The Creation of a Crabby Ring

I thought I’d share some pictures of my most recent custom order. Do you remember my first Crabby ring? I do, and I soooo loved him. When I was at a show I would repeatedly pick him up to admire him. He had so much character I couldn’t resist. And then a few minutes later I would go to check on him only to have panic strike my heart when I couldn’t find him – and then I’d realize that I had unconsciously put him on my own finger instead of back in his spot. I would have to force myself to put him back on display … and then, he sold! I have missed him every day since then. I recently received a custom order for another Crabby ring. I took a few pics along the way (trust me when I say the pictures display a much abbreviated version of the process) to share with Kelly who commissioned him and thought I’d share them here with everyone. I couldn’t find the initial pics, but they begin here with his fourth firing (after counter enamel, base coat and the firing which secured the wires in place). When it was ready for me to begin laying color down, I started with his body and his tiny eyes.

krabring1

After a couple of rounds on the body and eyes, I began to lay down the first coat of the light blue.

krabring2

Here’s a picture of him after a few rounds of the light and then darker blues, along with a little more orange-red for the body. I used my stone to grind him back to a flush surface and shape the edges for a smooth bezel.

SAMSUNG CAMERA PICTURES

Here are the components (less the ring shank) before soldering. The base, the bezel wire (already soldered) and the jewel itself. In my first attempt to solder the bezel to the base, I melted the fine silver bezel wire. ARRRGGHHH! Frustrating. So then I had to deconstruct and reconstruct the setting with a new bezel wire. Finally, the setting was ready. Now all I had left to do was solder the ring shank to the setting. First, I tested the fit of the jewel in the final setting. The dental floss is put behind the jewel before I pop it in to test the fit so that if you have a good fit (the stone/jewel sometimes doesn’t want to come out – and I still had to solder the ring shank on) and I had a very good fit. So tight, in fact, that I actually broke the dental floss when I tried to pull the jewel out. That resulted in about another 40 minutes of fiddling to successfully extract the jewel so I could move on to the next step. I didn’t think it was going to cooperate for a little while there …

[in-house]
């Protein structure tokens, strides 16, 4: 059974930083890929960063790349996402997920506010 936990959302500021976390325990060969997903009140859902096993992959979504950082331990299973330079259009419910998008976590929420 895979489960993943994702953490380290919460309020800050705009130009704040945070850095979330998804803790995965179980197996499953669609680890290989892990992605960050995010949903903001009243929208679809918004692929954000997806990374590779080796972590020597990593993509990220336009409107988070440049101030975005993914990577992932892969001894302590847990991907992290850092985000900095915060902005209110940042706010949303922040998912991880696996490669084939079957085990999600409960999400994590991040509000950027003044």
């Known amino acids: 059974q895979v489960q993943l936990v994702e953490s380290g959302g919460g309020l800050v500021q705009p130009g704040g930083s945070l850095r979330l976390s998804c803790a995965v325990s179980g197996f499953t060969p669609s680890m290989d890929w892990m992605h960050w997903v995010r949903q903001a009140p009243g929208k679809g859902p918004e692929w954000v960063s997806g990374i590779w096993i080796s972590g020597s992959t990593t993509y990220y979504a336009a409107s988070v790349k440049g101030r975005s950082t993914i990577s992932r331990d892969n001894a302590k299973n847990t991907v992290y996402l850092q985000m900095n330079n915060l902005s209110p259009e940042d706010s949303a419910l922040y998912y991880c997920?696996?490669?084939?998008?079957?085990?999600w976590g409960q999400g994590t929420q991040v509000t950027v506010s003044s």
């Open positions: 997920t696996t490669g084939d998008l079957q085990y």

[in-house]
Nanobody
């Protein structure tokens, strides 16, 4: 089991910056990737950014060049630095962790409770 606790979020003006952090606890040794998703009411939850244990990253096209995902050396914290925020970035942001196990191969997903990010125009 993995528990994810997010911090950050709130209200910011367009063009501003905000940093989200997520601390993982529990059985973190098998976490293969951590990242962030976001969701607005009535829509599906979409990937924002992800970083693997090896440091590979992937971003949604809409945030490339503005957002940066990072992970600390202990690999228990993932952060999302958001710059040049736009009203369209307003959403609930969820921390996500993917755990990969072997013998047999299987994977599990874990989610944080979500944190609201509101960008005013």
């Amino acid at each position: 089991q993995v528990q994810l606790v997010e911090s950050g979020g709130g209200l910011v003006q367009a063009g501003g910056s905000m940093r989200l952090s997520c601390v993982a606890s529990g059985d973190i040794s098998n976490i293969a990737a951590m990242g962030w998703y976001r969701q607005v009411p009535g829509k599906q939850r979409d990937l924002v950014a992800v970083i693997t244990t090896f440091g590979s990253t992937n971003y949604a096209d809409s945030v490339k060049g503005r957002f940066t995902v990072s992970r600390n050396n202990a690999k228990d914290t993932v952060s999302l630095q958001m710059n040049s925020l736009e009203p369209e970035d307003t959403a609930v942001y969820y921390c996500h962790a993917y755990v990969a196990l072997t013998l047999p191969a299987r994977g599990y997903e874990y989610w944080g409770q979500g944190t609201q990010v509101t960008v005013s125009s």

krabbyB

And the final ring, shank included.

Krabby3

krabby2

I adore him! Okay, no bias there, right? LOL What do you think of my little Crabby ring? 🙂

Would you like a custom piece all your own? Then check out my shop on Etsy! https://www.etsy.com/shop/deliasstones

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8 thoughts on “The Creation of a Crabby Ring

    • Thanks Gina. 🙂 My little Crabbys just make me smile when I look at them. It’s so much fun to do it hardly seems like work – no, wait. That’s not true at all. The little booger WAS work, but it was pleasurable work.

    • Thanks Joyce. I used a chasing tool that I had on hand to texture the backplate. For the first Crabby I used the first (and only) stamp that I made, which was nothing fancy. Basically a V shaped stamp. However, try as I might, I couldn’t find it in the chaos I fondly refer to as my studio. So I improvised a bit.

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